About Me

Hello! I am a Master’s student at DePaul University, researching with the American Sign Language Project. My collegiate carreer began at the University of California, Santa Barbara, where I earned my Bachelor’s in Theater with summa cum laude distinction. In my junior year, my studies abroad brought me around the world on Semester at Sea. It was my first experience traveling outside the US, and I was priviledged to visit 12 countries: Mexico, Japan, China, Vietnam, Myanmar, Singapore, India, Mauritius, South Africa, Ghana, Morocco, and England. It was a humbling and eye opening experience.

Upon graduation from UCSB, I moved across the country to Chicago where I began working as a flight attendant. Like my study abroad experience, I was able to travel and experience many different people and cultures. Once I was furloughed, due to COVID, I turned my attention to volunteering, working with a local animal shelter as a foster coordinator. I have always felt drawn to helping and caring for others, and trying to affect change. I decided I could have more of an impact if I broadened my skillset, and thus, I began pursuing my Master’s in Computer Science.

Not long after starting the program, I found the American Sign Language Project. I reached out to Dr. Wolfe to ask if I could help on the project. I had taken three years of sign language in high school and I thought my Theater degree would be of some use in helping the avatar be more realistic. Fortunately, Rosalee agreed, and I was put to work. A few months later, I applied and was rewarded this DREAM scholarship. Rosalee graciously offered to be my research advisor and is now advising this project.

For the future, I have dreams of working on a humanitarian project, opening a female led video game studio, or continuing down the research path and earning my Doctorate.

Email: nbarneko@depaul.edu

About My Advisor

Dr. Rosalee Wolfe

As the Division Director of Human-Computer Interaction and Computer Graphics, Dr. Wolfe was instrumental in establishing DePaul’s degree programs in Human-Computer Interaction, and Computer Graphics and Animation. After earning a Ph.D. in Computer Science from Indiana University, she was a NASA fellow at the Johnson Space Center, served on various committees of ACM SIGCSE and SIGGRAPH, held fellowships at Sony Imageworks, University of Hamburg, is a Fulbright Scholar and the team lead for the American Sign Language Project.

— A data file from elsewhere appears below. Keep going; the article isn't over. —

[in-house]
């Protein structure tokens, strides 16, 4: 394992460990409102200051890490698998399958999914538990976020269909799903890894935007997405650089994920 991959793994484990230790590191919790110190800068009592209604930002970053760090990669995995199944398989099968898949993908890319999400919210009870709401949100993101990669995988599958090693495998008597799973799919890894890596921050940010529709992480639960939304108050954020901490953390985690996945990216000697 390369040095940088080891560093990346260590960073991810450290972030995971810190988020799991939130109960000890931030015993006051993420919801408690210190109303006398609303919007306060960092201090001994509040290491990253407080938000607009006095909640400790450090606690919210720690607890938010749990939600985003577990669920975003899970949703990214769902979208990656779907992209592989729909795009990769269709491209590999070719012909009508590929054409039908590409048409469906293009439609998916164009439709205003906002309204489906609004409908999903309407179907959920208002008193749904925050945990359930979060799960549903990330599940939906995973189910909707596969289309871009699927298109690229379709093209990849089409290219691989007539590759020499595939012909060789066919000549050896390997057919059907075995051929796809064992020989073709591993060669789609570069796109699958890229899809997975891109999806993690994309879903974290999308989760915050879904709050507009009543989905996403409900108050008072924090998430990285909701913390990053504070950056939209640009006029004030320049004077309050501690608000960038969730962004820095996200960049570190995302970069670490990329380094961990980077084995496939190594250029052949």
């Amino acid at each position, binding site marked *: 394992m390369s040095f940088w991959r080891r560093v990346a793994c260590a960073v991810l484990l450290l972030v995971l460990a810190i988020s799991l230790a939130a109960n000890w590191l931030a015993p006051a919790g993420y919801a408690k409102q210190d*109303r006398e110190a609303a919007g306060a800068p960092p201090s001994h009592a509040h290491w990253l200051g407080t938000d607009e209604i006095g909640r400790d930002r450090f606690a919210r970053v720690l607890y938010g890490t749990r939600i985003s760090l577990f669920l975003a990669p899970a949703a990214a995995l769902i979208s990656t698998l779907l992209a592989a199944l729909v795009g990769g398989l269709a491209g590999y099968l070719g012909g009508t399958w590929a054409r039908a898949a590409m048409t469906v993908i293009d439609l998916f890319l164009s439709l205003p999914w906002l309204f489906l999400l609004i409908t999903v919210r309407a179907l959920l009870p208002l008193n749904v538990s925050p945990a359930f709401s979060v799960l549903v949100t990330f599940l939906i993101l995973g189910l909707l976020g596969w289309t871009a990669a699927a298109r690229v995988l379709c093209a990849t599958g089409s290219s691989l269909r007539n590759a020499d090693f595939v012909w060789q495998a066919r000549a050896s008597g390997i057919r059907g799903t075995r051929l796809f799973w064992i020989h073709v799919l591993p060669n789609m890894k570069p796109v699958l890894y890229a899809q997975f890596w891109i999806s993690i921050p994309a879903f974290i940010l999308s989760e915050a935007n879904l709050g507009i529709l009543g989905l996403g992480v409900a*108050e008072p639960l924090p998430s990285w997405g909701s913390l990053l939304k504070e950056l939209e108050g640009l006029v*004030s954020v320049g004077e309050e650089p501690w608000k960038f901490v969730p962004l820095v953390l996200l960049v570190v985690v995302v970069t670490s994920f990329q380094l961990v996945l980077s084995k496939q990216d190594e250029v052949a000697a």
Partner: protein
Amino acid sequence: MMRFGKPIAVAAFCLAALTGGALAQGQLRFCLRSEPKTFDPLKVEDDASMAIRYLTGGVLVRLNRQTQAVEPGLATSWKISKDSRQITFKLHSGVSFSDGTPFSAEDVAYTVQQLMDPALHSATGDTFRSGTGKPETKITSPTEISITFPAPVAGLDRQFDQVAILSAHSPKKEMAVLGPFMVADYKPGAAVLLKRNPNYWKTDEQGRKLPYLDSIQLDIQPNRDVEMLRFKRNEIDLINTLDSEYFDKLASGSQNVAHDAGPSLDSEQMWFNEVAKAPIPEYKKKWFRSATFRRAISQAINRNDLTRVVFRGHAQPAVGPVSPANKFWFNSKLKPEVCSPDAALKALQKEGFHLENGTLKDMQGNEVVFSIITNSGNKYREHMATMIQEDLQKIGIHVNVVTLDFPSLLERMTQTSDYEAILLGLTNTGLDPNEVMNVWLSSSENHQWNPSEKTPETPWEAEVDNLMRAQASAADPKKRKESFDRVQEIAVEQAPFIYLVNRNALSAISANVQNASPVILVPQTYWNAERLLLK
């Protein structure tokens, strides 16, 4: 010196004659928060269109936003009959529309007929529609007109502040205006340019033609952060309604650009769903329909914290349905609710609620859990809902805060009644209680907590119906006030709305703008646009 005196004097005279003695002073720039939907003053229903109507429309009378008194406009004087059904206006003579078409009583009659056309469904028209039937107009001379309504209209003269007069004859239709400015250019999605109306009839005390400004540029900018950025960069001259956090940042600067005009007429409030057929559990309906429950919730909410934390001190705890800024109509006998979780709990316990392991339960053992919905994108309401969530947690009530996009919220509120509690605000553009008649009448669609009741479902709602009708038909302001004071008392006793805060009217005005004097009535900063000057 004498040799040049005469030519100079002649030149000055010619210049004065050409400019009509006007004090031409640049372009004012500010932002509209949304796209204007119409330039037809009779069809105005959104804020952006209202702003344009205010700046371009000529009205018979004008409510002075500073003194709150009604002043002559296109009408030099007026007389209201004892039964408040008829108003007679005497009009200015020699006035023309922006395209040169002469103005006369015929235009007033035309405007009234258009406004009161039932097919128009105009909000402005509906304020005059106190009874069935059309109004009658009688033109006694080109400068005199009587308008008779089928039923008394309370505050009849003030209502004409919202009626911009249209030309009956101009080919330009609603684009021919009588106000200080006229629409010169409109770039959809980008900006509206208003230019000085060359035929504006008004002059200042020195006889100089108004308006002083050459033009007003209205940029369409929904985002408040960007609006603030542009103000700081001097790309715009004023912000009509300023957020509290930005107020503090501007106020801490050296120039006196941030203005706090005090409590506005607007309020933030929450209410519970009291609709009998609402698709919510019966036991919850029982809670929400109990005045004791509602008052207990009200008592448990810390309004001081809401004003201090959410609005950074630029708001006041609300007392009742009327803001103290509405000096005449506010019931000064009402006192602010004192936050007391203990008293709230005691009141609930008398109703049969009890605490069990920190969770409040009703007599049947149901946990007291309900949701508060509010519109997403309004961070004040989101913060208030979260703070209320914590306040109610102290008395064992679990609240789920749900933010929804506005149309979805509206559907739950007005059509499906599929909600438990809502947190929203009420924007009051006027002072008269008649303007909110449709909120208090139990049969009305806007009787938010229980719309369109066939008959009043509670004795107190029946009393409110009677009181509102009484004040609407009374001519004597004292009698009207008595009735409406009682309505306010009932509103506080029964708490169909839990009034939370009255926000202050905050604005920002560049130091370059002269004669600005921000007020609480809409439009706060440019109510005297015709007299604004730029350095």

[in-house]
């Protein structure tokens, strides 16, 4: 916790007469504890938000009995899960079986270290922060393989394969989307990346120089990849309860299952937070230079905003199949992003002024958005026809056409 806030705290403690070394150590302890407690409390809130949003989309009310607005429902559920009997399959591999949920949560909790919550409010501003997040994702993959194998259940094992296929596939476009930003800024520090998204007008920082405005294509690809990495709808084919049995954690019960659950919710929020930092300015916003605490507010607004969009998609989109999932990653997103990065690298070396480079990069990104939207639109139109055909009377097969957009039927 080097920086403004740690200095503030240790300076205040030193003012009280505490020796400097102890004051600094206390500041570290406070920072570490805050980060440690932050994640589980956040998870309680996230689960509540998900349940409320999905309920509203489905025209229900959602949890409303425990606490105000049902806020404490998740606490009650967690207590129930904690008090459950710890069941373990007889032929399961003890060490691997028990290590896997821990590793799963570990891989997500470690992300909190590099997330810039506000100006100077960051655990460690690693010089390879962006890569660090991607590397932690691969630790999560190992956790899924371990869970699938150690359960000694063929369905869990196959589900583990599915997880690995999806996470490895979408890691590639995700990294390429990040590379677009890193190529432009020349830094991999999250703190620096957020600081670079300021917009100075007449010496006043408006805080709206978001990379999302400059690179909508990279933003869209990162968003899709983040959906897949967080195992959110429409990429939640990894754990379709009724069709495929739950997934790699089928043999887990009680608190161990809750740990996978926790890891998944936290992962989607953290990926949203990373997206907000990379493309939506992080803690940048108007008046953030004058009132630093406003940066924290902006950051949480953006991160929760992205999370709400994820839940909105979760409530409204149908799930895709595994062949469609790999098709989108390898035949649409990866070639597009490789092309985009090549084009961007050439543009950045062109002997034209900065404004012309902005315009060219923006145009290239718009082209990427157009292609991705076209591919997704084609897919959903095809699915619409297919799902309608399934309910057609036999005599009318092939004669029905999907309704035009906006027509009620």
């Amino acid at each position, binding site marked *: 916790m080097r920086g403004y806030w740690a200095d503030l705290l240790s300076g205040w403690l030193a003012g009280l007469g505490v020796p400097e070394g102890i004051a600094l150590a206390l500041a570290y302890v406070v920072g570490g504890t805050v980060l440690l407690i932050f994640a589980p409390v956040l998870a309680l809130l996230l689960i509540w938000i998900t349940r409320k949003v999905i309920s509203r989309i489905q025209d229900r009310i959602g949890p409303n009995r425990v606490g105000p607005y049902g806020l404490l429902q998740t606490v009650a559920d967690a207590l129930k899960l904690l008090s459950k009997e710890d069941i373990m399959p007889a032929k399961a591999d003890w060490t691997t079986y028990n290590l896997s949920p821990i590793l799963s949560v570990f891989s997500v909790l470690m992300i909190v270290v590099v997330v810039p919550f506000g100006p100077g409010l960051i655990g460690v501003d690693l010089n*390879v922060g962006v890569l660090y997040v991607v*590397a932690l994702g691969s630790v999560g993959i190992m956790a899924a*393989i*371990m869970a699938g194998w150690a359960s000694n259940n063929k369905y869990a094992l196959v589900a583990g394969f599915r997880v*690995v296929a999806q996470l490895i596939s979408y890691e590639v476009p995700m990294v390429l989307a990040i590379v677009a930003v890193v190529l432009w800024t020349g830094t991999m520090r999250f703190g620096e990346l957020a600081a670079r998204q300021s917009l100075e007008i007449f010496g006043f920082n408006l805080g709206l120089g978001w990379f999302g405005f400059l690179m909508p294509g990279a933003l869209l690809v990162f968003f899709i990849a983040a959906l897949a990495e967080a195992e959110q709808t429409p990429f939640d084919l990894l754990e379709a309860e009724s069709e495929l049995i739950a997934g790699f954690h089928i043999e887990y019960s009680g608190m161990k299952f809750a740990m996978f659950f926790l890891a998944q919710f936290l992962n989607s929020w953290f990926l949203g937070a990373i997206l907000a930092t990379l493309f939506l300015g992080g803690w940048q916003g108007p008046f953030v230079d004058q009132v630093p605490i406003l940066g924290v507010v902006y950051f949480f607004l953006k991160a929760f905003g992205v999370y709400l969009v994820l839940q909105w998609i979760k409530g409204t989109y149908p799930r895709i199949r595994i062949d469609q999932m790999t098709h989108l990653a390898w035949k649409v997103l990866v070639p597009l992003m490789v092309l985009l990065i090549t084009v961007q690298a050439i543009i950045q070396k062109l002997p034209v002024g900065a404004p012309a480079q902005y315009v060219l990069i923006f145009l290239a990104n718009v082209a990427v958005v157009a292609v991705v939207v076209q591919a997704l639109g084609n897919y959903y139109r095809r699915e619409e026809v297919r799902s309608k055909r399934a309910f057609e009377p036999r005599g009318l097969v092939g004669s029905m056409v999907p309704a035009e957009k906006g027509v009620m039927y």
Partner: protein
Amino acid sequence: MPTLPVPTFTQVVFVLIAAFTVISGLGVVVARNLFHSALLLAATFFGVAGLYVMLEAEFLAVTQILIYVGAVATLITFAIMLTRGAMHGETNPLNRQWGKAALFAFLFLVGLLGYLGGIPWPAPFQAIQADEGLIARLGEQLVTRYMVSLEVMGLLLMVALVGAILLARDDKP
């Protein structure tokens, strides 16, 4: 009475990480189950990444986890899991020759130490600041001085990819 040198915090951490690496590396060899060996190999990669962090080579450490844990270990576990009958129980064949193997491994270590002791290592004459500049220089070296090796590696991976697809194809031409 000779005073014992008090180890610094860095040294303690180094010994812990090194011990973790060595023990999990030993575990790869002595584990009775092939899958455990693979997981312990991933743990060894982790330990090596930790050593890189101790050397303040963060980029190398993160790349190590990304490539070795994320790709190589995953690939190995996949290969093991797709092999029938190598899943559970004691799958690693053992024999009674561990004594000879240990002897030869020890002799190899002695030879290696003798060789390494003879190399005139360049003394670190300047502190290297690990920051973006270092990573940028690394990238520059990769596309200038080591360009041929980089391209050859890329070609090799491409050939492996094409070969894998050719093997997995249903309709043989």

Research Area: Graphics / Animation, Human Computer Interaction

Specific Research Area: Character animation to support communication between Deaf and hearing communities; accessibility; Graphics pedagogy

Email: wolfe@cs.depaul.edu

Homepage: http://asl.cs.depaul.edu/

A special thank you to Dr. McDonald who was an advisor in all but official title. Thank you as well to Jacob Furth who mentored my original 10 weeks.

About My Project

The American Sign Language Project’s goal as a whole is to create an automatic sign language interpreting avatar. Deaf communities have been excluded from technological advances in communication, and there is a distinct lack of access to information in their own language. It is important to bridge the gap to increase accessibility for all.

The original goal of the DREAM project was to analyze video data of stories being signed in American Sign Language, focusing specifically on the movement of the mouth, to discover any characteristics governing its movement. However, there was not enough data on the mouth movement. Instead, we turned our focus to the timing of ASL, specifically, how much time there is between signs. We took the same video data we had for the mouthing, but analyzed a different tier of information. Using the gaps in between the dominant hand annotations, we collected the transition times across all videos. We exported and analyzed the data, sorting the signs into specific categories, and creating bigrams from one category to another. We analyzed the relationships between the categories themselves, but also the category bigrams. Ultimately we discovered that a sign’s fucntion does indeed impact it’s transition time to and from another sign. This information will be helpful in informing how timing is implemented in a sign language acvatar, thus, our advisors are encouraging us to publish our work! Thank you DREAM for creating this opportunity!

All video data is courtesy of the following: Carol Neidle, Ashwin Thangali, and Stan Sclaroff [2012] Challenges in the Development of the American Sign Language Lexicon Video Dataset (ASLLVD) Corpus, Proceedings of the 5th Workshop on the Representation and Processing of Sign Languages: Interactions between Corpus and Lexicon, LREC 2012, Istanbul, Turkey. http://www.bu.edu/linguistics/UG/LREC2012/LREC-asllvd-final.pdf

My Final Report

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